Jane Austen, North Carolina, Jails, More: Friday Buzz, December 18th, 2015


The music books of Jane Austen and her family have been digitized and are now available online. “The Austen Family Music Books is a collection of 18 albums of music containing around 600 pieces that belonged to the 19th century writer and her relations. The imaging of the books was carried out at the University’s Hartley Library in its state-of-the-art Digitisation Unit.”

The state of North Carolina is getting a new site providing information on police stops over the last 15 years. “A nonprofit civil rights organization – with support from the White House – will launch a website Thursday that will contain up-to-date information about nearly 20 million traffic stops made by every police department and every police officer in North Carolina over the past 15 years.”

More law enforcement: there is a huge new map/ database of information on jails in the United States. “The free on­line tool culls in­form­a­tion from pub­licly avail­able sources such as the Bur­eau of Justice Stat­ist­ics and the Census Bur­eau on the 3,000 county jails na­tion­ally. There are five fil­ters through which the data can be ex­plored. The first one of­fers the growth-per­cent­age change for each jail for which data is avail­able. The second re­veals the ra­tio of people in jail to the county’s pop­u­la­tion (x per 100K). The third breaks down the rate for blacks/Afric­an-Amer­ic­ans in each county, fol­lowed by an­oth­er fil­ter that does the same for wo­men. The last fil­ter re­cords the com­bined jail and pris­on data for New York and Cali­for­nia.”

The state of Iowa has released a new Web site for showing school performance. “The Iowa School Report Card, unveiled Wednesday by the state Education Department, offers quantitative assessments of school performance in a handful of categories, including graduation rates, college and career readiness and student progress.”


The Manchester Christmas Markets are now available on Google Street View. “The Street View, which has gone live today, will celebrate the final weekend of the markets, allowing visitors to relive their experience and give those that didn’t make it along to the award-wining attraction the chance to see what they missed.”

NPR is dropping some of its audio into Facebook. “NPR will offer bits of its audio stories directly in your Facebook news feed throughout December and January, NPR Tech Reporter Aarti Shahani announced via Twitter today. (If that lede doesn’t encapsulate the idea of ‘old’ media meeting new, we’re not sure what does.) ”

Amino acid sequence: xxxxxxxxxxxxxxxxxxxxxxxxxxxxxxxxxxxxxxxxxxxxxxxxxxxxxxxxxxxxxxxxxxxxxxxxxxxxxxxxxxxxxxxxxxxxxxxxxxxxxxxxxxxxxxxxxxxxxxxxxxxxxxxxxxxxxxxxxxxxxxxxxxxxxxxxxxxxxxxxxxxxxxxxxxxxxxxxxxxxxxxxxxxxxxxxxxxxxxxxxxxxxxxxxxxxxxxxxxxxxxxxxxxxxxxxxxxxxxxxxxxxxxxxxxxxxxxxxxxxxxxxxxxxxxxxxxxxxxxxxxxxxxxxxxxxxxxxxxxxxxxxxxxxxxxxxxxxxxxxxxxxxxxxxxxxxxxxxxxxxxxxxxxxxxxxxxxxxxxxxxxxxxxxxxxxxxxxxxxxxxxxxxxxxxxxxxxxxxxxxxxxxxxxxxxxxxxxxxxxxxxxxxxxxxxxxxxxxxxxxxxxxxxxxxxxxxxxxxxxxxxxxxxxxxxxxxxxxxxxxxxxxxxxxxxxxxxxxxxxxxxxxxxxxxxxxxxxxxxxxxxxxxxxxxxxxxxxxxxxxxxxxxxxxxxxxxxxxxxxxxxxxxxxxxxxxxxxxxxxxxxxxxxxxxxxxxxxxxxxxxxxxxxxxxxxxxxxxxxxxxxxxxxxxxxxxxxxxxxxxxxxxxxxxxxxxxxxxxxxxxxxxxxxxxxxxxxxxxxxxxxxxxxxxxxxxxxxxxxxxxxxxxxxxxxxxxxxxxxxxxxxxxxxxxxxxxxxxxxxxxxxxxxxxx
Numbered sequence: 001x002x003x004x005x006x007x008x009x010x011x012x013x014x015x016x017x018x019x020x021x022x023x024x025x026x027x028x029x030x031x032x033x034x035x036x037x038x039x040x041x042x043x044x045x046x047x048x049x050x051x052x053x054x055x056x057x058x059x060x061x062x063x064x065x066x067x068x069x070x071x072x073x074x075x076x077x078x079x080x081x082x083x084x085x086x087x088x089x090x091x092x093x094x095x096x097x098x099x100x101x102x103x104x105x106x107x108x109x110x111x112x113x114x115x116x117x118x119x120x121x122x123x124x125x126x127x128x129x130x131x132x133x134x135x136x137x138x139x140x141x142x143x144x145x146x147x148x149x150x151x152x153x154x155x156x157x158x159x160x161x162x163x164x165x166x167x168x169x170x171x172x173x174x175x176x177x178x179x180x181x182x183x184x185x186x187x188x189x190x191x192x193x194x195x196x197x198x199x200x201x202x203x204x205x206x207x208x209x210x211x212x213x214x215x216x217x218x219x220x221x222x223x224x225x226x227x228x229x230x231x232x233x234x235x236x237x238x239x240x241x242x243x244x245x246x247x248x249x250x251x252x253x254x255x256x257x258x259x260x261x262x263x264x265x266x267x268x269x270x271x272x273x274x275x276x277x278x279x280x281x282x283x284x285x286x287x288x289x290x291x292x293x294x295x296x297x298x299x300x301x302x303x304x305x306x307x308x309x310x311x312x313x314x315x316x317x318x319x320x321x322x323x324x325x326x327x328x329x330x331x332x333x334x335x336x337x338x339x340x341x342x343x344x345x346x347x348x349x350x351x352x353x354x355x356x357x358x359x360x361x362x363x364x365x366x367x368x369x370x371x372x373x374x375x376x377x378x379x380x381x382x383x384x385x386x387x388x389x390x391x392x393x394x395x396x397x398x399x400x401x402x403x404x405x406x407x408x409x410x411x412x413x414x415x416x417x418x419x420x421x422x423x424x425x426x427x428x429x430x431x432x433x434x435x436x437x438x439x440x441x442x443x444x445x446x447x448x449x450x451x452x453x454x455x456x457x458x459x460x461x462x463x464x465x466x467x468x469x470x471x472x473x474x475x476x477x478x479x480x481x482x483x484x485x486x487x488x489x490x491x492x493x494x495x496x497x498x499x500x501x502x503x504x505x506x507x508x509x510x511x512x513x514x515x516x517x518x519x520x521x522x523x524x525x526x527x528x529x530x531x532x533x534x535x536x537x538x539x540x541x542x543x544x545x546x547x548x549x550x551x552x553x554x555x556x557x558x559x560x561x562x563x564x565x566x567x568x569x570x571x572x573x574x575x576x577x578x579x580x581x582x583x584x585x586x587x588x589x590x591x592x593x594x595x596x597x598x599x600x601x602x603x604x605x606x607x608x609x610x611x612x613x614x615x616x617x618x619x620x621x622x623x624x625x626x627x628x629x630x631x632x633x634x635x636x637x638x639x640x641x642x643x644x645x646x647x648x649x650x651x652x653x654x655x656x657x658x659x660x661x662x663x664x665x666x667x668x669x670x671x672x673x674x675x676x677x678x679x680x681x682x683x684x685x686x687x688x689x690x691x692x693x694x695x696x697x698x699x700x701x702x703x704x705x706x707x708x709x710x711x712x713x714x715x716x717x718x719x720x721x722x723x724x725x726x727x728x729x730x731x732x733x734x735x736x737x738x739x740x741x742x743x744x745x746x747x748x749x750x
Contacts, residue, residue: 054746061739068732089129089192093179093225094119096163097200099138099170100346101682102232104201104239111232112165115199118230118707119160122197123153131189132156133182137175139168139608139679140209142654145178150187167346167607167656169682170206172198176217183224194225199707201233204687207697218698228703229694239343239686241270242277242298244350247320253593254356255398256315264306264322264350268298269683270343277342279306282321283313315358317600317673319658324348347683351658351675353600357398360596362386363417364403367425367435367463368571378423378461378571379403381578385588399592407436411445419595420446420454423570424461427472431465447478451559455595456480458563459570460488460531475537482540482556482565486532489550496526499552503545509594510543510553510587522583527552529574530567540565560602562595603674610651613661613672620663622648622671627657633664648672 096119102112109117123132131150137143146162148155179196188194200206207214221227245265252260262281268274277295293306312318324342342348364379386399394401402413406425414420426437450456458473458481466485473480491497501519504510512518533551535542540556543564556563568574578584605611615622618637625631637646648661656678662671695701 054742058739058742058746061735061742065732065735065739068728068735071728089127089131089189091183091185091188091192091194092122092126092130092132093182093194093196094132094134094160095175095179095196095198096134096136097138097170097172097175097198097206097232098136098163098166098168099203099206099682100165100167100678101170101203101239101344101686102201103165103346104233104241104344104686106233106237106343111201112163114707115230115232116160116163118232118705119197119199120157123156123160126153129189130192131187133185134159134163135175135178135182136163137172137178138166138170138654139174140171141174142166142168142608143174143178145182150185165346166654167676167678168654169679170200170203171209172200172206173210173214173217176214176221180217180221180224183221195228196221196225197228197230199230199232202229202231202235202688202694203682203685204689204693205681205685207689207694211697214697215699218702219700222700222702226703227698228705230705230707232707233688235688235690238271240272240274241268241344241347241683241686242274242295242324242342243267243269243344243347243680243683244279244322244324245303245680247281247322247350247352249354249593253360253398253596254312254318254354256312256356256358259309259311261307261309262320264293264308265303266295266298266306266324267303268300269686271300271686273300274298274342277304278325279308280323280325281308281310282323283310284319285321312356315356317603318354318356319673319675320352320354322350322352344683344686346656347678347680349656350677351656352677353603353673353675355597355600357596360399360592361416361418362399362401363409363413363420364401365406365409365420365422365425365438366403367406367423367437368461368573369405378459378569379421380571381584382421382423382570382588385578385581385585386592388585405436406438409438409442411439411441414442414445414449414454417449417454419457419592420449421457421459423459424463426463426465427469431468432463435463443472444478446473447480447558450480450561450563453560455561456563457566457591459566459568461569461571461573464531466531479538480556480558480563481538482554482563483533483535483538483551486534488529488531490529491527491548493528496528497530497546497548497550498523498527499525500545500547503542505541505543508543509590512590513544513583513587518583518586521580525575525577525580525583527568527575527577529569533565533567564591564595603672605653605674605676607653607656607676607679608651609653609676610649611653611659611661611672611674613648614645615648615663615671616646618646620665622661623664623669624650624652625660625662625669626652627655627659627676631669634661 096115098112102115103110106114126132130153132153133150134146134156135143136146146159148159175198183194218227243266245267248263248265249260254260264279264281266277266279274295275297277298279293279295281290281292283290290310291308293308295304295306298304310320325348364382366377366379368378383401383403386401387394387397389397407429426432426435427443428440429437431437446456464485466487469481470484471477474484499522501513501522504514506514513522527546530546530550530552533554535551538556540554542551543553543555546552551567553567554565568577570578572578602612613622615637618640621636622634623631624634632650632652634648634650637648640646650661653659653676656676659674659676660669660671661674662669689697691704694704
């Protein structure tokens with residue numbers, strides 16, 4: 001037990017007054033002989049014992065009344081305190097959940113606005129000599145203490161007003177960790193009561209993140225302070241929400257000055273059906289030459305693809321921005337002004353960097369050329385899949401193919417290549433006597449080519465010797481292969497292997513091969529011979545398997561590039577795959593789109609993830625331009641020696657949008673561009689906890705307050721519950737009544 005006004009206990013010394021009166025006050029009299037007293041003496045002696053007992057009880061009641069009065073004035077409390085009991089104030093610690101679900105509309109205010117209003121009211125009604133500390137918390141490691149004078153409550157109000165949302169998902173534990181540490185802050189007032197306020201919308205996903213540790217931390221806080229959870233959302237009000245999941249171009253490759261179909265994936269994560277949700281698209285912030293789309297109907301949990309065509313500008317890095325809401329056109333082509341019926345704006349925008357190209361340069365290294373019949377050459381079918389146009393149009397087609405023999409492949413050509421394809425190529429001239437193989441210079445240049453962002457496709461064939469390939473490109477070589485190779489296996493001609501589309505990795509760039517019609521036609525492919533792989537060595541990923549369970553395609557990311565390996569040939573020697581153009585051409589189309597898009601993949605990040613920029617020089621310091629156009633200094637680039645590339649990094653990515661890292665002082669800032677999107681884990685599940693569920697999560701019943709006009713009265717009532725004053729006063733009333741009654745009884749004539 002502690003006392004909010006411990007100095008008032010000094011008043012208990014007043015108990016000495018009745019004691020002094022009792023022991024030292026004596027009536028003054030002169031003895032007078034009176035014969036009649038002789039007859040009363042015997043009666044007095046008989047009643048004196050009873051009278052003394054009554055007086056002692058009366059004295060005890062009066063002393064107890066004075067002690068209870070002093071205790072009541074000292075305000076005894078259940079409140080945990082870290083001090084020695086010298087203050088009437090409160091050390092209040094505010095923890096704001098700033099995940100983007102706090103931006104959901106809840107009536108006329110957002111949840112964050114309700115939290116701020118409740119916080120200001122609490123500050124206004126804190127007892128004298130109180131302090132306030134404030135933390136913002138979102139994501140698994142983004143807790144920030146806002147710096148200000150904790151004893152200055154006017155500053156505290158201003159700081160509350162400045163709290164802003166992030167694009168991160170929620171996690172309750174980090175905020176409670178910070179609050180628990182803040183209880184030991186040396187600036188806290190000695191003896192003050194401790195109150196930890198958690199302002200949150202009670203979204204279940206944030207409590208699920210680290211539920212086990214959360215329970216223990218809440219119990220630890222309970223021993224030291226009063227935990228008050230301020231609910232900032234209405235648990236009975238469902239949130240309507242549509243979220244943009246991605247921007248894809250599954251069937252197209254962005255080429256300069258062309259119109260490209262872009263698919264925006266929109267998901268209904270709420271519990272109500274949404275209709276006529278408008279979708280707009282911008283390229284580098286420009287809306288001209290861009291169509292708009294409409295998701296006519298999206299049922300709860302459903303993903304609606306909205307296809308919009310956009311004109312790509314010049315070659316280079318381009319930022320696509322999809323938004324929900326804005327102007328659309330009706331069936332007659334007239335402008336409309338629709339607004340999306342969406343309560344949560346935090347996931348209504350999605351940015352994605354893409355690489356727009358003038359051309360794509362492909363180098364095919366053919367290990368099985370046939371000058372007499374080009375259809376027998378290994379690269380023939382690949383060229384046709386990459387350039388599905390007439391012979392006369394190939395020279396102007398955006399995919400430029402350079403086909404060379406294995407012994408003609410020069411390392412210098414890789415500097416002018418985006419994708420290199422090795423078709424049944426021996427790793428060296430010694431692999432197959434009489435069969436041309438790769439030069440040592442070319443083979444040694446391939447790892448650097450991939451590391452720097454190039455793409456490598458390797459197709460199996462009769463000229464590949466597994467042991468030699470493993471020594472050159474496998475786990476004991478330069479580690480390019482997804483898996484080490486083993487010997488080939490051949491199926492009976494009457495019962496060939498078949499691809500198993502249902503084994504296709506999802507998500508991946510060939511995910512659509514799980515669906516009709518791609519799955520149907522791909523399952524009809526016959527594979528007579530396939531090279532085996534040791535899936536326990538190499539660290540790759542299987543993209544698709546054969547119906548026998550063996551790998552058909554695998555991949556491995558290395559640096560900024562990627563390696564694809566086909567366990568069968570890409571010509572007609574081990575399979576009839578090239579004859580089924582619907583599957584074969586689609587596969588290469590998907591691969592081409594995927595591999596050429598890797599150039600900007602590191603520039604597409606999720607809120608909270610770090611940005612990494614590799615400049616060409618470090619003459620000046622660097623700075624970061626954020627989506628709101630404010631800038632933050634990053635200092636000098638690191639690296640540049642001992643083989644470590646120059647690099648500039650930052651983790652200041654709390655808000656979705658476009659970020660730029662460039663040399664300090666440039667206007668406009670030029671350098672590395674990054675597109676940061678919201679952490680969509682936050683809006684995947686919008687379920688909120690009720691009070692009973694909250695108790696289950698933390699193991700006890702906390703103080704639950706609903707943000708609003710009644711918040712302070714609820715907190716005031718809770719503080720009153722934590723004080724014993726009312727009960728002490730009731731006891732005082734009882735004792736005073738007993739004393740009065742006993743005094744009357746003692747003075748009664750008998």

Pinterest has apparently turned into a price-monitoring tool. “The social scrapbooking platform is now launching a feature that lets you monitor the price of the buyable pins on your wish list. The new tool will send users in-app notifications and emails every time the price drops on a product they’ve pinned.”


From FedTech: 50 Must-Read Federal IT Blogs 2015. Not all government blogs, a very interesting list. Twitter accounts are easily shown for following but not, alas, RSS feeds, and of course I should better than to expect the whole kaboodle in an OPML file.

Wondering how memorable that picture you took is? MIT wants to help with a new online tool. “You upload a photo, and it spits out a memorability score, what the researchers claim is the likelihood that you’ll actually commit that image to memory.” I tried it, putting in a picture of Bo, my cat. It just ran and ran. Then I tried putting in a picture of my feet. It just ran and ran. I think it’s too busy.

Just want to send a tweet, and DON’T want to get sucked down the rabbit hole? Here are 7 strategies. “Recently, I’ve been spending a lot of time on Twitter. Most of it is spent scrolling through my timeline. That’s not a bad thing. But I’ve noticed that I do it almost accidentally. There are times when I go to Twitter to catch up on my timeline and there are times when I’m scrolling through the TL and suddenly find asking myself ‘wait, how did I get here?'”


Google’s own Matt Cutts will be getting an honorary doctorate of engineering from the University of Kentucky, where he got his undergrad degree: “While at UK, Cutts achieved a sparkling academic record, maintaining a 4.0 GPA, receiving a Gaines Fellowship in the Humanities, earning election to Phi Beta Kappa and being named the Outstanding Graduating Senior in the College of Engineering.” Congrats Matt! Or should I say DOCTOR MATT. Good morning, Internet…

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